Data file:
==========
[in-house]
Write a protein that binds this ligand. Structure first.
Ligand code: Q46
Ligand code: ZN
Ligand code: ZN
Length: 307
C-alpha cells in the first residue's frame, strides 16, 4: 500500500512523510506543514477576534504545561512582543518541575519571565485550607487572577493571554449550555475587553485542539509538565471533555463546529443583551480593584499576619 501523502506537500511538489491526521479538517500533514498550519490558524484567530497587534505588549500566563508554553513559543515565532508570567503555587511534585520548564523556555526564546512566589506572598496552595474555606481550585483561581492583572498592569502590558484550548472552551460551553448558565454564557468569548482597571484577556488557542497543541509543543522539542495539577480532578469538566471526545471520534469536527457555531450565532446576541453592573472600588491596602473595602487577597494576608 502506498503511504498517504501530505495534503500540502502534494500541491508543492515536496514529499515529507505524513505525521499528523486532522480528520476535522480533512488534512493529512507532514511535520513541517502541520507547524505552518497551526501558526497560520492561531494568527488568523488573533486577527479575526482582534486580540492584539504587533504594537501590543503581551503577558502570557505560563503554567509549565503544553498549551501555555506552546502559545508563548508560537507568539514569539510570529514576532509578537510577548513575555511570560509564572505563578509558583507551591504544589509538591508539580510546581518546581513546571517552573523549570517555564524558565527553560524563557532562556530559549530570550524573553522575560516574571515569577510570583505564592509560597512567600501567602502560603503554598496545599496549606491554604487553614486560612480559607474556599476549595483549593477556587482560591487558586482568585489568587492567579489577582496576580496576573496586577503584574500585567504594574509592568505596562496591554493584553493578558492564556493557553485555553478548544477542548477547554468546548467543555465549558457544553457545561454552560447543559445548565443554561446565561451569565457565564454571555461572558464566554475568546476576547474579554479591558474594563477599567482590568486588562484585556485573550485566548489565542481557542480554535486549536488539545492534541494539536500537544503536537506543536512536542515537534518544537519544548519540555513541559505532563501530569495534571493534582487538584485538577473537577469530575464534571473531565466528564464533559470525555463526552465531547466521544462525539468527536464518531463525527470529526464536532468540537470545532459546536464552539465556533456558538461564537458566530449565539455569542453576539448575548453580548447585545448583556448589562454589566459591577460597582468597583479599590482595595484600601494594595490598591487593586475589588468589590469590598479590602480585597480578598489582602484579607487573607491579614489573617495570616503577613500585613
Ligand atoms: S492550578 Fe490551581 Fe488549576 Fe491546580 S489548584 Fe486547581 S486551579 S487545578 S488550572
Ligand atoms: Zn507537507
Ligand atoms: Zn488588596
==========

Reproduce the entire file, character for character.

[in-house]
Write a protein that binds this ligand. Structure first.
Ligand code: Q46
Ligand code: ZN
Ligand code: ZN
Length: 307
C-alpha cells in the first residue's frame, strides 16, 4: 500500500512523510506543514477576534504545561512582543518541575519571565485550607487572577493571554449550555475587553485542539509538565471533555463546529443583551480593584499576619 501523502506537500511538489491526521479538517500533514498550519490558524484567530497587534505588549500566563508554553513559543515565532508570567503555587511534585520548564523556555526564546512566589506572598496552595474555606481550585483561581492583572498592569502590558484550548472552551460551553448558565454564557468569548482597571484577556488557542497543541509543543522539542495539577480532578469538566471526545471520534469536527457555531450565532446576541453592573472600588491596602473595602487577597494576608 502506498503511504498517504501530505495534503500540502502534494500541491508543492515536496514529499515529507505524513505525521499528523486532522480528520476535522480533512488534512493529512507532514511535520513541517502541520507547524505552518497551526501558526497560520492561531494568527488568523488573533486577527479575526482582534486580540492584539504587533504594537501590543503581551503577558502570557505560563503554567509549565503544553498549551501555555506552546502559545508563548508560537507568539514569539510570529514576532509578537510577548513575555511570560509564572505563578509558583507551591504544589509538591508539580510546581518546581513546571517552573523549570517555564524558565527553560524563557532562556530559549530570550524573553522575560516574571515569577510570583505564592509560597512567600501567602502560603503554598496545599496549606491554604487553614486560612480559607474556599476549595483549593477556587482560591487558586482568585489568587492567579489577582496576580496576573496586577503584574500585567504594574509592568505596562496591554493584553493578558492564556493557553485555553478548544477542548477547554468546548467543555465549558457544553457545561454552560447543559445548565443554561446565561451569565457565564454571555461572558464566554475568546476576547474579554479591558474594563477599567482590568486588562484585556485573550485566548489565542481557542480554535486549536488539545492534541494539536500537544503536537506543536512536542515537534518544537519544548519540555513541559505532563501530569495534571493534582487538584485538577473537577469530575464534571473531565466528564464533559470525555463526552465531547466521544462525539468527536464518531463525527470529526464536532468540537470545532459546536464552539465556533456558538461564537458566530449565539455569542453576539448575548453580548447585545448583556448589562454589566459591577460597582468597583479599590482595595484600601494594595490598591487593586475589588468589590469590598479590602480585597480578598489582602484579607487573607491579614489573617495570616503577613500585613
Ligand atoms: S492550578 Fe490551581 Fe488549576 Fe491546580 S489548584 Fe486547581 S486551579 S487545578 S488550572
Ligand atoms: Zn507537507
Ligand atoms: Zn488588596